Are you clairvoyant? Are you reading the Iranians’ minds? Do you know something we don’t? Of course you don’t. You’re merely substituting yr own warped views for any semblance of reasonableness & presuming that you know what you can’t possibly.

      when they did, in a violation of international law they kidnapped a plane and took their target out of it.

      If you’d like to babble & meander at least do so giving yr readers a chance to have a vague understanding of what you’re babbling about. As it is, you’re making no sense to anyone & no one has any idea what you’re talking about.

      in short Richard, you are as speculative as debka file.

      First, you’re flat out wrong. But even more importantly Debka is almost always wrong. When I publish a post using my Israeli sources I’m invariably right as will be proven in time in this matter as well. If Debka had any history of getting any major story right, you might have a leg to stand on. As it is you don’t.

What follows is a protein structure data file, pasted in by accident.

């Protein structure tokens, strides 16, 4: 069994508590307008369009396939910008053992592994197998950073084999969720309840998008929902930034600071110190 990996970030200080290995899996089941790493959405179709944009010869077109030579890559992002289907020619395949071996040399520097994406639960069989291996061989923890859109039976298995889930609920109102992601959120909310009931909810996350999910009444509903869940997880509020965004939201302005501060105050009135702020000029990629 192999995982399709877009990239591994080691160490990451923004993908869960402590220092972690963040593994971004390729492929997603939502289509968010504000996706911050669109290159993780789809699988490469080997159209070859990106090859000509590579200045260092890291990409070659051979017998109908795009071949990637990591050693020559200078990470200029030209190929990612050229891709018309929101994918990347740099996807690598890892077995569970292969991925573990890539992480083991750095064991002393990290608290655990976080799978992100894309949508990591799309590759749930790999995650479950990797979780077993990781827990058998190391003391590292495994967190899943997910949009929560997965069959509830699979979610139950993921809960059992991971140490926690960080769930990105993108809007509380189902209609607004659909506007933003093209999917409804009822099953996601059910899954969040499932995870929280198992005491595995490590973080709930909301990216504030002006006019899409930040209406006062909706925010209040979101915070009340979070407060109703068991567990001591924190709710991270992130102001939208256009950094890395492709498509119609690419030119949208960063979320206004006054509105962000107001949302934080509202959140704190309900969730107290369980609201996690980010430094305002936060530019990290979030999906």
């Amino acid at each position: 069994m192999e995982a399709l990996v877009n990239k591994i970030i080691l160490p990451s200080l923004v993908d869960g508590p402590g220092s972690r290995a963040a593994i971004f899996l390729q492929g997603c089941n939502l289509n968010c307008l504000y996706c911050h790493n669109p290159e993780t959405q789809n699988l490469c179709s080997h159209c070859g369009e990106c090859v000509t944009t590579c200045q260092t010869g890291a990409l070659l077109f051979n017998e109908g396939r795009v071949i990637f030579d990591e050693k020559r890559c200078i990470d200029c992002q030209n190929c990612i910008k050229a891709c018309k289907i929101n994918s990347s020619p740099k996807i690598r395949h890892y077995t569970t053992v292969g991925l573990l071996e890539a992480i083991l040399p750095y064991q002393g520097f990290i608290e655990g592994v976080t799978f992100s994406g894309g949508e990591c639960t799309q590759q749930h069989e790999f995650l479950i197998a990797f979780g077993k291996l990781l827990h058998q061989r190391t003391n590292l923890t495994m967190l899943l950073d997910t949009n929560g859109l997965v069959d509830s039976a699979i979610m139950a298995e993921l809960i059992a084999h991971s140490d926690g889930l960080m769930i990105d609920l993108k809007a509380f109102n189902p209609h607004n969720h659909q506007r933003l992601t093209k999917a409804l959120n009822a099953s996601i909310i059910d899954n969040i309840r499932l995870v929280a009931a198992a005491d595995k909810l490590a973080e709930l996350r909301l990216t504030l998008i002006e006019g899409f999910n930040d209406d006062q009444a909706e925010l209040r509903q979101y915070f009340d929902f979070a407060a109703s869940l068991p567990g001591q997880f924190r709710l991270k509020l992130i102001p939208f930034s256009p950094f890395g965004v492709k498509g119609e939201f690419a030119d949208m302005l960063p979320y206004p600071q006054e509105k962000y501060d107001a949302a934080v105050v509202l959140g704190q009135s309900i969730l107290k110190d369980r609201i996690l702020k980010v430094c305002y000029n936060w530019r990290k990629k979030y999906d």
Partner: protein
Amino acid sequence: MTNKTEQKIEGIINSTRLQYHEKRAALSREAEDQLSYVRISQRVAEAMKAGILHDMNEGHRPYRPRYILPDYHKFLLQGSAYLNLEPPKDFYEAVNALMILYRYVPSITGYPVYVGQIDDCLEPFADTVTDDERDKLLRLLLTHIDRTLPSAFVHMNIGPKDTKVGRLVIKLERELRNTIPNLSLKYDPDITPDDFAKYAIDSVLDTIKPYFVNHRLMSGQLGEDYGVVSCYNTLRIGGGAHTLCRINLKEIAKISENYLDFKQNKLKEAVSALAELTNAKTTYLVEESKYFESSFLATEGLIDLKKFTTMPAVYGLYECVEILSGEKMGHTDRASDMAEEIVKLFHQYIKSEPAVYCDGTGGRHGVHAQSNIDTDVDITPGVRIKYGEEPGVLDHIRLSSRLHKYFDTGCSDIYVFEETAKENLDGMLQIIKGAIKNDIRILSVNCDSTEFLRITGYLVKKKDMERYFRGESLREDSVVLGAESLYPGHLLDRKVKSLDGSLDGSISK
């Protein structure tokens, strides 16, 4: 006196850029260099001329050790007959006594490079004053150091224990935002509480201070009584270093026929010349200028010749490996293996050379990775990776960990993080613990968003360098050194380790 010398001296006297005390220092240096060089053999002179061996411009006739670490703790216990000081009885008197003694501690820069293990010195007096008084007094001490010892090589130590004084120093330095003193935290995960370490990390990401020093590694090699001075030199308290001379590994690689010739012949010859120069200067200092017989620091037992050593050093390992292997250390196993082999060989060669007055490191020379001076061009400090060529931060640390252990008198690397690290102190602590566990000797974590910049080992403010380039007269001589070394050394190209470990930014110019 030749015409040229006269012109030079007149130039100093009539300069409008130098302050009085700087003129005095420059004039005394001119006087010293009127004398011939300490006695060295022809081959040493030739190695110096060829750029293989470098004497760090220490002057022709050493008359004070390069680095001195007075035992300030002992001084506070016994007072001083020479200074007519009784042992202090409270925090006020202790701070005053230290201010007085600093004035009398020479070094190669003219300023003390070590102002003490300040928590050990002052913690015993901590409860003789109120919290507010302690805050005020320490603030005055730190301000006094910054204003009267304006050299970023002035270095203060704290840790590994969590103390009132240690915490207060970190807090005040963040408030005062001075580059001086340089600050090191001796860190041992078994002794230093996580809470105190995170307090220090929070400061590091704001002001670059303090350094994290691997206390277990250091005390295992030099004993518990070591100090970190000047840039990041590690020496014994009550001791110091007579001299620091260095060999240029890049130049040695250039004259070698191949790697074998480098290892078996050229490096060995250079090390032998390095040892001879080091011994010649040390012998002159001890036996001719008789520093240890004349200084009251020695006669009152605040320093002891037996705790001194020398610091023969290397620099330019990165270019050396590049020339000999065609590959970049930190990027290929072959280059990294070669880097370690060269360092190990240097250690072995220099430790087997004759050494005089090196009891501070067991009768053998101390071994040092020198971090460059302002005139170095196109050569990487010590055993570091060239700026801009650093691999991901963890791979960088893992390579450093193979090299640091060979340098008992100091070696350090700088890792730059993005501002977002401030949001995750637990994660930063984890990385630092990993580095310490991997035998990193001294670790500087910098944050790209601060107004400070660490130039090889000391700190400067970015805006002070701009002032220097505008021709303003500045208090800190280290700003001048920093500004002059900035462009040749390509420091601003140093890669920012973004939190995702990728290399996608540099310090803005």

• IlanP December 22, 2010, 5:54 PM

        Richard, Even a broken clock shows the the correct answer twice a day.
        You my friend are a broken clock, show me the proof that the mossad is actually behind anything you said he was.

        • Richard Silverstein December 22, 2010, 7:35 PM

          I was just thinking the same thing about Debka. Like a running clock, my scoops fr my Israeli-based sources have proven correct virtually every time. The evidence about Asgari being in Ayalon comes fr. that same Israeli source who was also right about revealing Barak couldn’t travel to Europe because of an outstanding arrest warrant. I’ll take my source over yr maunderings any day of the wk.

          If you don’t like what I report there’s always Debka for you to fall back on…Why don’t you go back there where you came from. I understand they have a terrific flair for fiction which you would appear to enjoy.

          • IlanP December 22, 2010, 8:42 PM

            Richard, anyone can hide behind “sources”
            my sources told me that you actually get paid by the CIA.
            so what ? name your source and we will see how credible he his.